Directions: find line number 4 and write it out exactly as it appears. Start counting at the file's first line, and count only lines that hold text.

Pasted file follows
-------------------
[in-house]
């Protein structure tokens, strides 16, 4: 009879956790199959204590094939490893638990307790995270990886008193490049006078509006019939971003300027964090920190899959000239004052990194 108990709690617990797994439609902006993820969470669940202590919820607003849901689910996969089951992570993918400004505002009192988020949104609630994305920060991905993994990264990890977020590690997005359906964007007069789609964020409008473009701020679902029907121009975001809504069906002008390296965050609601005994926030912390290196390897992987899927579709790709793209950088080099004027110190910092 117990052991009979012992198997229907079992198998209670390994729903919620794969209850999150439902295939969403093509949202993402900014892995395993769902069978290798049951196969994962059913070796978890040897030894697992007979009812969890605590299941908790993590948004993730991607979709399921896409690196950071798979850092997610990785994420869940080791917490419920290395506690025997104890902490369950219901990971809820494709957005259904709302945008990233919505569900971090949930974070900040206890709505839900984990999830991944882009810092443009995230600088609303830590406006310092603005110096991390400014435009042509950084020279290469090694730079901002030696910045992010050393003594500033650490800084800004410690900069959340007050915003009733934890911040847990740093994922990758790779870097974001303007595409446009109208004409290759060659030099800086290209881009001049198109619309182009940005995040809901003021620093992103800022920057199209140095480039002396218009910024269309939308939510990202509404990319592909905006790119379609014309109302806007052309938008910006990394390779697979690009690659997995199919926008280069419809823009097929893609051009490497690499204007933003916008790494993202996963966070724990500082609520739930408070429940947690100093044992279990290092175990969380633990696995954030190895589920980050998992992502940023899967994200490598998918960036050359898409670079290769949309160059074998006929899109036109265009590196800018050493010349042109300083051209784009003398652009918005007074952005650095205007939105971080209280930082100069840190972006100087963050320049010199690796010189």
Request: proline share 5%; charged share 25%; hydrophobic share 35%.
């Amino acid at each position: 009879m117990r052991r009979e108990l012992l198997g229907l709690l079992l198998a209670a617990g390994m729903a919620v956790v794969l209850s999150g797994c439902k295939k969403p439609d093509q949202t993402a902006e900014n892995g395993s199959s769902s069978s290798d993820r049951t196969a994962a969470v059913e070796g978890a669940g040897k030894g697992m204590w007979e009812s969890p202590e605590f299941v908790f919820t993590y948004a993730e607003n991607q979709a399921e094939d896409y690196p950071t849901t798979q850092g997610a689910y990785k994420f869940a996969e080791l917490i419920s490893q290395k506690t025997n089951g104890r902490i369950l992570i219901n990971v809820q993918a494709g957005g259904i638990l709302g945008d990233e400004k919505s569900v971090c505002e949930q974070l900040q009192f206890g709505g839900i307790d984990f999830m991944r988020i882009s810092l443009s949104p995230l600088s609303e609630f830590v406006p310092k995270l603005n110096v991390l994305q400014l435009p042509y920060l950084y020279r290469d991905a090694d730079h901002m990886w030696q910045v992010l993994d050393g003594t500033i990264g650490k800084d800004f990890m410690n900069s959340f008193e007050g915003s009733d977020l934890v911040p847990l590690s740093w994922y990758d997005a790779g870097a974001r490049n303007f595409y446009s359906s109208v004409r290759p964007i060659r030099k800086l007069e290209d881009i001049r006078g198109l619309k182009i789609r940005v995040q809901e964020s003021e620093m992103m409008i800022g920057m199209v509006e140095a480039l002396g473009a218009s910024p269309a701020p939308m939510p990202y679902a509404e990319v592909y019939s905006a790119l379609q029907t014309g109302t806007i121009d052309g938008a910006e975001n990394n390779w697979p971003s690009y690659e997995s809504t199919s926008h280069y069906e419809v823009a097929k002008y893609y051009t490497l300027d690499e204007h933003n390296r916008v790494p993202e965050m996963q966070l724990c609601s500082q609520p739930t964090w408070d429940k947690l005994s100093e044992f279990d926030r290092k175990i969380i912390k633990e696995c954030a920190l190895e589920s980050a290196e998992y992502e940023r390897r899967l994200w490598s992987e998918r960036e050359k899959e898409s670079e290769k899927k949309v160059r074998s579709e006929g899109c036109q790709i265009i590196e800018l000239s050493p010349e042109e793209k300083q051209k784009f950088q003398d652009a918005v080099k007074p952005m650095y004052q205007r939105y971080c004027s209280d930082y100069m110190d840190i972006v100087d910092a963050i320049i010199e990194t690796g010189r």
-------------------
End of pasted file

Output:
């Amino acid at each position: 009879m117990r052991r009979e108990l012992l198997g229907l709690l079992l198998a209670a617990g390994m729903a919620v956790v794969l209850s999150g797994c439902k295939k969403p439609d093509q949202t993402a902006e900014n892995g395993s199959s769902s069978s290798d993820r049951t196969a994962a969470v059913e070796g978890a669940g040897k030894g697992m204590w007979e009812s969890p202590e605590f299941v908790f919820t993590y948004a993730e607003n991607q979709a399921e094939d896409y690196p950071t849901t798979q850092g997610a689910y990785k994420f869940a996969e080791l917490i419920s490893q290395k506690t025997n089951g104890r902490i369950l992570i219901n990971v809820q993918a494709g957005g259904i638990l709302g945008d990233e400004k919505s569900v971090c505002e949930q974070l900040q009192f206890g709505g839900i307790d984990f999830m991944r988020i882009s810092l443009s949104p995230l600088s609303e609630f830590v406006p310092k995270l603005n110096v991390l994305q400014l435009p042509y920060l950084y020279r290469d991905a090694d730079h901002m990886w030696q910045v992010l993994d050393g003594t500033i990264g650490k800084d800004f990890m410690n900069s959340f008193e007050g915003s009733d977020l934890v911040p847990l590690s740093w994922y990758d997005a790779g870097a974001r490049n303007f595409y446009s359906s109208v004409r290759p964007i060659r030099k800086l007069e290209d881009i001049r006078g198109l619309k182009i789609r940005v995040q809901e964020s003021e620093m992103m409008i800022g920057m199209v509006e140095a480039l002396g473009a218009s910024p269309a701020p939308m939510p990202y679902a509404e990319v592909y019939s905006a790119l379609q029907t014309g109302t806007i121009d052309g938008a910006e975001n990394n390779w697979p971003s690009y690659e997995s809504t199919s926008h280069y069906e419809v823009a097929k002008y893609y051009t490497l300027d690499e204007h933003n390296r916008v790494p993202e965050m996963q966070l724990c609601s500082q609520p739930t964090w408070d429940k947690l005994s100093e044992f279990d926030r290092k175990i969380i912390k633990e696995c954030a920190l190895e589920s980050a290196e998992y992502e940023r390897r899967l994200w490598s992987e998918r960036e050359k899959e898409s670079e290769k899927k949309v160059r074998s579709e006929g899109c036109q790709i265009i590196e800018l000239s050493p010349e042109e793209k300083q051209k784009f950088q003398d652009a918005v080099k007074p952005m650095y004052q205007r939105y971080c004027s209280d930082y100069m110190d840190i972006v100087d910092a963050i320049i010199e990194t690796g010189r």